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Journal of Skin Cancer
Volume 2012 (2012), Article ID 563829, 6 pages
http://dx.doi.org/10.1155/2012/563829
Review Article

A Review of Radiotherapy for Merkel Cell Carcinoma of the Head and Neck

Odette Cancer Centre, Sunnybrook Health Sciences Centre, Department of Radiation Oncology, University of Toronto, Toronto, ON, Canada

Received 24 May 2012; Accepted 18 September 2012

Academic Editor: Brett A. Miles

Copyright © 2012 Justin Lee et al. This is an open access article distributed under the Creative Commons Attribution License, which permits unrestricted use, distribution, and reproduction in any medium, provided the original work is properly cited.

Abstract

Merkel cell carcinoma of the head and neck (MCCHN) presents a clinical challenge due to its aggressive natural history, unpredictable lymphatic drainage, and high degree of treatment related morbidity. Histological examination of the regional lymph nodes is very important in determining the optimal treatment and is usually achieved by sentinel lymph node biopsy. Radiotherapy plays a critical role in the treatment of most patients with MCCHN. Surgery with adjuvant radiotherapy to the primary tumour site is associated with high local control rates. If lymph nodes are clinically or microscopically positive, adjuvant radiotherapy is indicated to decrease the risk of regional recurrence. The majority of locoregional recurrences occur at the edge or just outside of the radiation field, reflecting both the inherent radiosensitivity of MCC and the importance of relatively large volumes to include “in-transit” dermal lymphatic pathways. When surgical excision of the primary or nodal disease is not feasible, primary radiotherapy alone should be considered as a potentially curative modality and confers good loco-regional control. Concurrent chemoradiotherapy is well tolerated and may further improve outcomes.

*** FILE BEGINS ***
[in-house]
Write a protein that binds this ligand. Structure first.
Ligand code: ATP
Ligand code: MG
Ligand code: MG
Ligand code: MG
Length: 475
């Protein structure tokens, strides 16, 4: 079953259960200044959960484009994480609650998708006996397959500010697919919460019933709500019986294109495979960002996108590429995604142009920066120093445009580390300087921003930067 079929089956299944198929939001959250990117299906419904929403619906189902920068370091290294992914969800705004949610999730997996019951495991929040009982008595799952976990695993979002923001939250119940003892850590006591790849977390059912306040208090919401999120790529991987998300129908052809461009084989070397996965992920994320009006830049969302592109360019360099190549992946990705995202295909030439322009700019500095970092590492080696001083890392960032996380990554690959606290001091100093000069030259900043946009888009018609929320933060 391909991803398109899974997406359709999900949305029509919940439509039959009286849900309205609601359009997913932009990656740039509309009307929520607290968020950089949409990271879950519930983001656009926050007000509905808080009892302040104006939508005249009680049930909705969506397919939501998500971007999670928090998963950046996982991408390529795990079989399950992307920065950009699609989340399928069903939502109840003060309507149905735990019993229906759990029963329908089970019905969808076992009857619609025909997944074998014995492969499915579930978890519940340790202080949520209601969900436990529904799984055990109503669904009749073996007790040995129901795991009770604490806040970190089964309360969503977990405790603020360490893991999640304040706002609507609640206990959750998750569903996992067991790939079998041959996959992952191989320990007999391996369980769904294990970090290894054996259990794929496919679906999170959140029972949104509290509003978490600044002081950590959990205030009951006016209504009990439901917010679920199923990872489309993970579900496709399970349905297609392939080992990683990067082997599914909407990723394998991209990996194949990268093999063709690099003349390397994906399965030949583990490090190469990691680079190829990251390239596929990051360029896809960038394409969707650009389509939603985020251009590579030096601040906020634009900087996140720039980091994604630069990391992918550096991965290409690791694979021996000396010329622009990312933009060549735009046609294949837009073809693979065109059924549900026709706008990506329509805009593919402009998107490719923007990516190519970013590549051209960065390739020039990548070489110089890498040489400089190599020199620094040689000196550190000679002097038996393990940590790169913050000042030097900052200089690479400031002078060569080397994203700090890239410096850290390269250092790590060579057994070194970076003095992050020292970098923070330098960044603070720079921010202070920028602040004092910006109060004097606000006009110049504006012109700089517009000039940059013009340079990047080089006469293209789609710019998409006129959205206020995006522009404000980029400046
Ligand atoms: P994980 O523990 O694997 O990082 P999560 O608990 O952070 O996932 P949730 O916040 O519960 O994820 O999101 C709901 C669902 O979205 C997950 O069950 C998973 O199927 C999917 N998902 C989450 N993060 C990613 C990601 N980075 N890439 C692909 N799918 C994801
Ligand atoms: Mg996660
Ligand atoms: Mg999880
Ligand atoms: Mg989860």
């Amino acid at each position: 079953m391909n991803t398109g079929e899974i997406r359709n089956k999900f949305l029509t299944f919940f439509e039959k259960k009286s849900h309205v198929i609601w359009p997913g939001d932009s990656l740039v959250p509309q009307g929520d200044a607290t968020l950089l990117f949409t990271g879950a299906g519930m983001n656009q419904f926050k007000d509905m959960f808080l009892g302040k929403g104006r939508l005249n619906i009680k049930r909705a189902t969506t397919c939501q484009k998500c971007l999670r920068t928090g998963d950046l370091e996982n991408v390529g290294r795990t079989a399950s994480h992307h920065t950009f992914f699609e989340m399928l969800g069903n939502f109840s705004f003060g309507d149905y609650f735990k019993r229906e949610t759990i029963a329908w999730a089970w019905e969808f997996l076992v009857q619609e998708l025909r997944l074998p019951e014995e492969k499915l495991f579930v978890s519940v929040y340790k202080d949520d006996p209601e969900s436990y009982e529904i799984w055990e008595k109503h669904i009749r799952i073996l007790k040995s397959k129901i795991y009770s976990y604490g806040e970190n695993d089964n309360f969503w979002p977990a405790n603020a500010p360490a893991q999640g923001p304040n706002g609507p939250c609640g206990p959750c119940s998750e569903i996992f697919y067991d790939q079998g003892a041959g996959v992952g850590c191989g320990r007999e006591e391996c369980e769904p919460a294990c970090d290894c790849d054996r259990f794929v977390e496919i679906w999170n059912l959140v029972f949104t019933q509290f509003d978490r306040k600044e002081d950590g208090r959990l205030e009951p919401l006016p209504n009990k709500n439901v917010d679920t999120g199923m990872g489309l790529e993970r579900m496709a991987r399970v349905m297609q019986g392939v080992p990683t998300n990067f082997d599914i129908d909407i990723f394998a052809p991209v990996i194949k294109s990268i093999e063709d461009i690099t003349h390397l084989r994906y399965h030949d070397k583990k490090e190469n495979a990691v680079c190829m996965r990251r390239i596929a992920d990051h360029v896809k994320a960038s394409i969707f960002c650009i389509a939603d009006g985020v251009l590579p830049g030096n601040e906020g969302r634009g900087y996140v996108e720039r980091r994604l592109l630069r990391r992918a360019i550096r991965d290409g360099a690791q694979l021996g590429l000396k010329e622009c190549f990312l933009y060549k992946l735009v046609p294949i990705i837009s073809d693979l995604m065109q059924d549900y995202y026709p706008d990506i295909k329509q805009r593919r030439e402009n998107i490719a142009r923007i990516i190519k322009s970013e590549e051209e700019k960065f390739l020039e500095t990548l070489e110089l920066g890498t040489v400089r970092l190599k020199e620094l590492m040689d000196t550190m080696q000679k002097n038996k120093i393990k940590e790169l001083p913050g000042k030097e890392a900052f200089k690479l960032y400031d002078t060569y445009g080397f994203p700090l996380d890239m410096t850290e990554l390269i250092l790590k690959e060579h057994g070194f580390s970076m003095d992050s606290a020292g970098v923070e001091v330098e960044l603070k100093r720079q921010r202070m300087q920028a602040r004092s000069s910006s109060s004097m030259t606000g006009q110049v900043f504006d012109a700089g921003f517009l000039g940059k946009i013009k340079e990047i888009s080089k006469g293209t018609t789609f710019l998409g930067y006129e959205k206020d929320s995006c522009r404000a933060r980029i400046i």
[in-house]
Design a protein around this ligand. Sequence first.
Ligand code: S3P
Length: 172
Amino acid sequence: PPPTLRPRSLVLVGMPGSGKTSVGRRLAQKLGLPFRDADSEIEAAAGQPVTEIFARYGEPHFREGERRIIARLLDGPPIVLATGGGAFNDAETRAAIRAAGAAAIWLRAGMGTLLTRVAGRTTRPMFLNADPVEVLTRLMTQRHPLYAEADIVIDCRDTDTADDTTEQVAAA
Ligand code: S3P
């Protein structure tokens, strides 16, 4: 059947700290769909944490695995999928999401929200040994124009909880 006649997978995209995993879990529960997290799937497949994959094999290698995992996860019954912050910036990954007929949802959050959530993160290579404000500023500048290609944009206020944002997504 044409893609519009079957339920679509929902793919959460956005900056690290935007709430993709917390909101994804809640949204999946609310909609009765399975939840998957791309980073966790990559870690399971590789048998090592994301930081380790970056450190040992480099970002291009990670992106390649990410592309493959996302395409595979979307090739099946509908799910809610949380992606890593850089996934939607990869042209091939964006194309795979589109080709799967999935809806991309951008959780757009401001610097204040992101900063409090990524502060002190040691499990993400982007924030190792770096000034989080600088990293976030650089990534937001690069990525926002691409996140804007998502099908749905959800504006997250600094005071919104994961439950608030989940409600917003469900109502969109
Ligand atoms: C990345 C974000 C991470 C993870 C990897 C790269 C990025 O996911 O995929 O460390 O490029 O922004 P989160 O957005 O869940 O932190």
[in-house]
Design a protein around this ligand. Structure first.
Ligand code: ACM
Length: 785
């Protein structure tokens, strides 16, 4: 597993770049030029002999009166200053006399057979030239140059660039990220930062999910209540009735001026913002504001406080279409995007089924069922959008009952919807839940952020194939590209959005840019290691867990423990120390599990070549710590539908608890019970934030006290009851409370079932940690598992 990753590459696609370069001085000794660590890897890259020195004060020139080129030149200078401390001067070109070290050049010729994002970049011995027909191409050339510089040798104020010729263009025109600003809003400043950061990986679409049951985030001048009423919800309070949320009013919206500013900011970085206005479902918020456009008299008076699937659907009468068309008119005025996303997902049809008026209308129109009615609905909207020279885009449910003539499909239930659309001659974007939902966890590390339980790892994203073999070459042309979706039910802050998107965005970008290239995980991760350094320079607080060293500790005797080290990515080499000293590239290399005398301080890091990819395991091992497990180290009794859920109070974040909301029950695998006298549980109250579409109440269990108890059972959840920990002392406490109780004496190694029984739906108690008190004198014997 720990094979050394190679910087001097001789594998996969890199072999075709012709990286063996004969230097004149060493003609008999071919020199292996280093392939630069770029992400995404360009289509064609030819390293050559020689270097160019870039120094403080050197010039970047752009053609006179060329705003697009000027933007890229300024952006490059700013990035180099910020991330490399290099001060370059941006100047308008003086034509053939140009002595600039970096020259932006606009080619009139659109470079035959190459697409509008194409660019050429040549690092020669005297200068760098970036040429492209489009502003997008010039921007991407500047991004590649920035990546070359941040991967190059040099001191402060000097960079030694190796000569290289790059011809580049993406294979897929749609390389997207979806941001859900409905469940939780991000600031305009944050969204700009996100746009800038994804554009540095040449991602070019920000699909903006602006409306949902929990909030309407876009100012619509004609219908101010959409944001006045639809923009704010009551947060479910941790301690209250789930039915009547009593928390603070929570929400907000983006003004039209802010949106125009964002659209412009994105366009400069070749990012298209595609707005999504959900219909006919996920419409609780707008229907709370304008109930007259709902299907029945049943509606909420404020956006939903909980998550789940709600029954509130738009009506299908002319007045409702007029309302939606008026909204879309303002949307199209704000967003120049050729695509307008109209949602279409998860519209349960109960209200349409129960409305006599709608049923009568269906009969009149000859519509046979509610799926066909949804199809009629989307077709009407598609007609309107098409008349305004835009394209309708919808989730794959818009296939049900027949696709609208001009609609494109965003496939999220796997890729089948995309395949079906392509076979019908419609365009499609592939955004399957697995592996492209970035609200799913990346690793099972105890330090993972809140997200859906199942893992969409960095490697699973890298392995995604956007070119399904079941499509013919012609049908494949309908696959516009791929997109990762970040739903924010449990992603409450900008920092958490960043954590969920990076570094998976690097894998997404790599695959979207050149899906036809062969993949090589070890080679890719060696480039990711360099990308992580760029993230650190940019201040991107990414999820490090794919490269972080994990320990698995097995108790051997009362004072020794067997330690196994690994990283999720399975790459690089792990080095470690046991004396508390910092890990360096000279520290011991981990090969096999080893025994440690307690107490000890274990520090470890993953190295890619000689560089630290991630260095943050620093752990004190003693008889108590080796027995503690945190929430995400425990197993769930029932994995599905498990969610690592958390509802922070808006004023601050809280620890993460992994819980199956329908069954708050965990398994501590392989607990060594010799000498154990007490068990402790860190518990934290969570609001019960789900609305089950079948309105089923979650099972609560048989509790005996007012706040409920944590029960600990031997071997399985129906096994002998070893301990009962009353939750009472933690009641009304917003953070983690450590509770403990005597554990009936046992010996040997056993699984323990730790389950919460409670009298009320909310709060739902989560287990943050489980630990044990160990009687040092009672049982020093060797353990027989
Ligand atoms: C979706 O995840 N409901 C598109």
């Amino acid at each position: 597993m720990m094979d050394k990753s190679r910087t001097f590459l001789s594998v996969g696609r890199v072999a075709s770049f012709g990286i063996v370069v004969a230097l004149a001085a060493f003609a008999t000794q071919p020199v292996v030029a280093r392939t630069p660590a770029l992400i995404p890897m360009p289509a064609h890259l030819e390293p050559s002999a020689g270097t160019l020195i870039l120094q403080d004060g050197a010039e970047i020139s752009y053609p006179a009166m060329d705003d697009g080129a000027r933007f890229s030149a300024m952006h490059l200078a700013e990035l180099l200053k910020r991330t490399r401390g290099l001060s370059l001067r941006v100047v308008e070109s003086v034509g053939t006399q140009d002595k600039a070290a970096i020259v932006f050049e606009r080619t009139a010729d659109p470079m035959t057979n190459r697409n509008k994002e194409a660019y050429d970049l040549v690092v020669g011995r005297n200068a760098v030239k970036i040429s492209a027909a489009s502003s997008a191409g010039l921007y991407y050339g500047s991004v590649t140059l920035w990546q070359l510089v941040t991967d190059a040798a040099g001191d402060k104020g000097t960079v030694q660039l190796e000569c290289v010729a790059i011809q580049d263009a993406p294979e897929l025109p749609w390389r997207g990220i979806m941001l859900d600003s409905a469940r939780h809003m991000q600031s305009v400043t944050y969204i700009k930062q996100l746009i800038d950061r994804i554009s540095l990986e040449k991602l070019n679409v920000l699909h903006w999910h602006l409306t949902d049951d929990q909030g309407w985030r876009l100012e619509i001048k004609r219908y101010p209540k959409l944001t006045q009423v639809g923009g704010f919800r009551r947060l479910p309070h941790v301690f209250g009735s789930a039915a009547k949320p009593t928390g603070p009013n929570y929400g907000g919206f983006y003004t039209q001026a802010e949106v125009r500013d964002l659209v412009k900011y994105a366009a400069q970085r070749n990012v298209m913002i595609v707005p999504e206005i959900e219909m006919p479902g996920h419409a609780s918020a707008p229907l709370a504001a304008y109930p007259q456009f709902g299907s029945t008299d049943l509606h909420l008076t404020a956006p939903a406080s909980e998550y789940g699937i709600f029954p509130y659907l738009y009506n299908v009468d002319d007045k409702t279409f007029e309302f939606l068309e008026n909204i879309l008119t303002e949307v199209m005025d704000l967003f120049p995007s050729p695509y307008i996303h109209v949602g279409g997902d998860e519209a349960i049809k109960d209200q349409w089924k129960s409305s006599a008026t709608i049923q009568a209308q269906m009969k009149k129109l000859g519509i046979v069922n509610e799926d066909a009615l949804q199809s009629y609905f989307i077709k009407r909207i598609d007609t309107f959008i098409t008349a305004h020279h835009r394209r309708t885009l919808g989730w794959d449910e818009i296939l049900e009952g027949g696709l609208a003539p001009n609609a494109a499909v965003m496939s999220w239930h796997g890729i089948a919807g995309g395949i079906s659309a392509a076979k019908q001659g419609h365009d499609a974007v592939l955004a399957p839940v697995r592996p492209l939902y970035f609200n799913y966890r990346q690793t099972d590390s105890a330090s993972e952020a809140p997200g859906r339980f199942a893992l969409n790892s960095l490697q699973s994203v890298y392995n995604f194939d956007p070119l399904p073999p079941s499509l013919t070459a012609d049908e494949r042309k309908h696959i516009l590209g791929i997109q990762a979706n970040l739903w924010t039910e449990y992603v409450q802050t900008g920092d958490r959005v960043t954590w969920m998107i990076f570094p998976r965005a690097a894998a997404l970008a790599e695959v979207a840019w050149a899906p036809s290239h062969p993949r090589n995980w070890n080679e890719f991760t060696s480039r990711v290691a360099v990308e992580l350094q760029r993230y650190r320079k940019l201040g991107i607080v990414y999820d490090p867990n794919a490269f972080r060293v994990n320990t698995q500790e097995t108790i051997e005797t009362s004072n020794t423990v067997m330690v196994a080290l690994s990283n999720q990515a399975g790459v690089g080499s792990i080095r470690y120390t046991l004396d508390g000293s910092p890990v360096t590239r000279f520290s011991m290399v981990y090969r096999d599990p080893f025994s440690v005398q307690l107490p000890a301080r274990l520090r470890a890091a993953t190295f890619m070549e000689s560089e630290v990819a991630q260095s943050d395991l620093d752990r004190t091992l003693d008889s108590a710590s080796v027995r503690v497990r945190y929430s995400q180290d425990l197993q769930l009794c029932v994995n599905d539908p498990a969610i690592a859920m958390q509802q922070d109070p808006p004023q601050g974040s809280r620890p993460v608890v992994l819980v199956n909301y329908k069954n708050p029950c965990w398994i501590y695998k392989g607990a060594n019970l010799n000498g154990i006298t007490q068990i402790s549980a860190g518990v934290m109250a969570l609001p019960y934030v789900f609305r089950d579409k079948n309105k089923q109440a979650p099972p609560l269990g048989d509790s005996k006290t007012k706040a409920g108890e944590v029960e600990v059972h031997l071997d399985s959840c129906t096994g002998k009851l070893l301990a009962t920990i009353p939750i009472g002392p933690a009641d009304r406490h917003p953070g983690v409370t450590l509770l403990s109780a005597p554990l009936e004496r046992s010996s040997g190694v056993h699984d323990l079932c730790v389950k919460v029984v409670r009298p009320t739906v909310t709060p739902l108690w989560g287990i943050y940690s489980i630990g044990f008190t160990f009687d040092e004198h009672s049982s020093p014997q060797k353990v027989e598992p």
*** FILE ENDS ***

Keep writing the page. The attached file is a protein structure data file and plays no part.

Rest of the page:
1. Introduction